For the fishies

A libertarian rationale for world government


Andrew Leonard
August 29, 2006 3:49AM (UTC)

Reason Online, that bastion of libertarianism proud to kowtow to neither the left nor the right, is running a decent article by Ronald Bailey summarizing the argument for "property rights" in fishery management. (Thanks to Gristmill for the alert.) The gist: Only when fishers have sharply demarcated rights to the production of a particular fishery can one ensure that the fishery will be sustainably managed. Otherwise, it's a free-for-all where everybody tries to grab as much as they can while the getting is good. Result: fishery depletion.

Libertarians love property rights. In an ideal libertarian world, government would be around to provide for the common defense and enforce property rights, and that would be it. So it's no surprise to see Reason running a story along these lines. But libertarians are far from alone in advocating rights-based fishery management systems. Take a gander at the essays collected for a conference on the topic in Australia in 1999 for a comprehensive introduction to the issues involved.

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The one thing that is missing in Bailey's analysis is acknowledgment that crafting and enforcing a fair, rights-based fishery management system requires a level of government that most libertarians would find the stuff of nightmares. Bailey makes glancing reference to Maine's lobstermen, who informally ensure that their neighbors don't invade the wrong turf. But it would have been more instructive to take a closer look at the incredibly complicated yet highly successful system put into place by the North Pacific Fishery Management Council in Alaska that governs the harvesting of halibut and sablefish. Just for starters: "There are two species (halibut and sablefish), four halibut-vessel categories and three sablefish-vessel categories, eight halibut regulatory-areas and six sablefish regulatory-areas..." There are elaborate rules in place to guard against consolidation of control over fishery rights and to protect the traditional prerogatives of the Inuit. Enforcement requires stepped-up patrols, a high level of coordination between the United States and Canada, and electronic registration of every catch with a centralized computer system.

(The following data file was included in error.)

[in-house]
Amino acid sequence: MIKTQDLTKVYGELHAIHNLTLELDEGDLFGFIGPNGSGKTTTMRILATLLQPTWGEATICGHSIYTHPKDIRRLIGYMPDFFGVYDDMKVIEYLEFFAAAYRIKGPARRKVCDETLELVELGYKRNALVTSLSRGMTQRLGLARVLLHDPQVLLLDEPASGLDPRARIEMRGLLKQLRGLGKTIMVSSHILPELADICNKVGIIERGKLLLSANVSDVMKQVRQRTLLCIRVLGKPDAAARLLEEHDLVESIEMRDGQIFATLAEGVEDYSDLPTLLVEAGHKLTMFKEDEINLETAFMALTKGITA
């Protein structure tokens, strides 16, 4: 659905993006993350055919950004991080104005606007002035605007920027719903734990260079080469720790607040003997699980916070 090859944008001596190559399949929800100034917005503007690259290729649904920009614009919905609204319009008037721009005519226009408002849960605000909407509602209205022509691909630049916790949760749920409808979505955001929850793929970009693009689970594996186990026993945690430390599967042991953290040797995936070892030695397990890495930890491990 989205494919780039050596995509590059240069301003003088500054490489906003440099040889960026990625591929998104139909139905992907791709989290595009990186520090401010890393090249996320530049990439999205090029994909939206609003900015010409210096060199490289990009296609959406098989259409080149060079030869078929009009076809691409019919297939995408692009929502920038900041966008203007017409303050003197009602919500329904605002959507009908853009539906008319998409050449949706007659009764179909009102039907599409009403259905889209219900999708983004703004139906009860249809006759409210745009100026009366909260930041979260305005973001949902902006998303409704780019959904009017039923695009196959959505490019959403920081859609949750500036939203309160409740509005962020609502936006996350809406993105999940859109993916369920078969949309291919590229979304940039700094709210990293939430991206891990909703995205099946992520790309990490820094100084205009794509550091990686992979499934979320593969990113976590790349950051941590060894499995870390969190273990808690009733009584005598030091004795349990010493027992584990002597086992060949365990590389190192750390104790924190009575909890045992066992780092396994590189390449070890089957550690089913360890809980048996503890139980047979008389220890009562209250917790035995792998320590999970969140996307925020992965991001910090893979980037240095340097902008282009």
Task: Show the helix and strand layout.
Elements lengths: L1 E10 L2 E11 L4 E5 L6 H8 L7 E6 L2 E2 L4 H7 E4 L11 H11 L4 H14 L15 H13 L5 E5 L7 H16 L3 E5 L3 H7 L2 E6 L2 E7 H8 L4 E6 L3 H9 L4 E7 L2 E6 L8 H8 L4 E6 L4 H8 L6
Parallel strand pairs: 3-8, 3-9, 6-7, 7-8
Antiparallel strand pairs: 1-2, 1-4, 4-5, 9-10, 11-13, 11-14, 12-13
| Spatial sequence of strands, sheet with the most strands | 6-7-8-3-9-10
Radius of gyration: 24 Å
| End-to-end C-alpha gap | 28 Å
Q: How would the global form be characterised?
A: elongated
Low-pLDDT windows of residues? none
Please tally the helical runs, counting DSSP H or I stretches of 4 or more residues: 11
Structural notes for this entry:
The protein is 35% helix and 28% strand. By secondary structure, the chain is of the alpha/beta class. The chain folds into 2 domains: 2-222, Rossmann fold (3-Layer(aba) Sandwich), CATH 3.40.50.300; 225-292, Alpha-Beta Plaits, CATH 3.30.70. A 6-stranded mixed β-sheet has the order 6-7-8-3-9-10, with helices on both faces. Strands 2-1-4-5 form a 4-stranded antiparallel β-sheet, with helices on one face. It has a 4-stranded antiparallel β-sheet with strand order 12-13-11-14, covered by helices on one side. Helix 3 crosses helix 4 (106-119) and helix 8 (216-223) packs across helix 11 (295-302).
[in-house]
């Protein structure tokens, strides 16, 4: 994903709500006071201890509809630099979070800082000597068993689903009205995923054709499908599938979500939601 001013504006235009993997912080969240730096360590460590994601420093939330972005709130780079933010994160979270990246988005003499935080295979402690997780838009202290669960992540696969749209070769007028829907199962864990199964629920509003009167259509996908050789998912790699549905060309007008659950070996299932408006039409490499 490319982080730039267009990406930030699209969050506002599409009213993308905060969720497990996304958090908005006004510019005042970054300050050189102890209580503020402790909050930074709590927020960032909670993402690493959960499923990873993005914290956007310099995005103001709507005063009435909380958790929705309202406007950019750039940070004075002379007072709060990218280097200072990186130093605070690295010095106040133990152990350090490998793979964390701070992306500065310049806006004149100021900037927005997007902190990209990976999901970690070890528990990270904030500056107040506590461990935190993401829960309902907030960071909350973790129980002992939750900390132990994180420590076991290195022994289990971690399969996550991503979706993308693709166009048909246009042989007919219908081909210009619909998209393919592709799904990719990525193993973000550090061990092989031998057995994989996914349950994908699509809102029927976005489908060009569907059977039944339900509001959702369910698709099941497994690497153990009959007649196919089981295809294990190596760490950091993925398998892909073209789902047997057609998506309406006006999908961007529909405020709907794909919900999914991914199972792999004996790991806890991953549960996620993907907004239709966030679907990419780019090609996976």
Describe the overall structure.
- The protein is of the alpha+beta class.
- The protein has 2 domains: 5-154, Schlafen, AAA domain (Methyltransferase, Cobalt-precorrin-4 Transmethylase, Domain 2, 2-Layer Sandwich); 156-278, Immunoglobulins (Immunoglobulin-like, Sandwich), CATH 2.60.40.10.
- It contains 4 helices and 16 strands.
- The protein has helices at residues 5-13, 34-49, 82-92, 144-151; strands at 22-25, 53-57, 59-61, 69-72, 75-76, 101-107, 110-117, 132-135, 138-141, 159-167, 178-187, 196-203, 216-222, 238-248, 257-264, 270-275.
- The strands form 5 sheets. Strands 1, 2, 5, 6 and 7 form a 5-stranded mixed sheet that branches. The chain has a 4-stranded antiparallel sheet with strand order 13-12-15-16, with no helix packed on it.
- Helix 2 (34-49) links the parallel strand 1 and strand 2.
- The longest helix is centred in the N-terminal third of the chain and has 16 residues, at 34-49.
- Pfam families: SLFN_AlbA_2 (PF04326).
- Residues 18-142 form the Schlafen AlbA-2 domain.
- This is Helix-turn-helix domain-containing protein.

And all this is just to manage two countries, two fish, and one sharply circumscribed location. Imagine what would be necessary to implement a similar system on the high seas!

Basically, world government.

And there you have it. A libertarian rationale for world government. To save the fishies.


Andrew Leonard

Andrew Leonard is a staff writer at Salon. On Twitter, @koxinga21.

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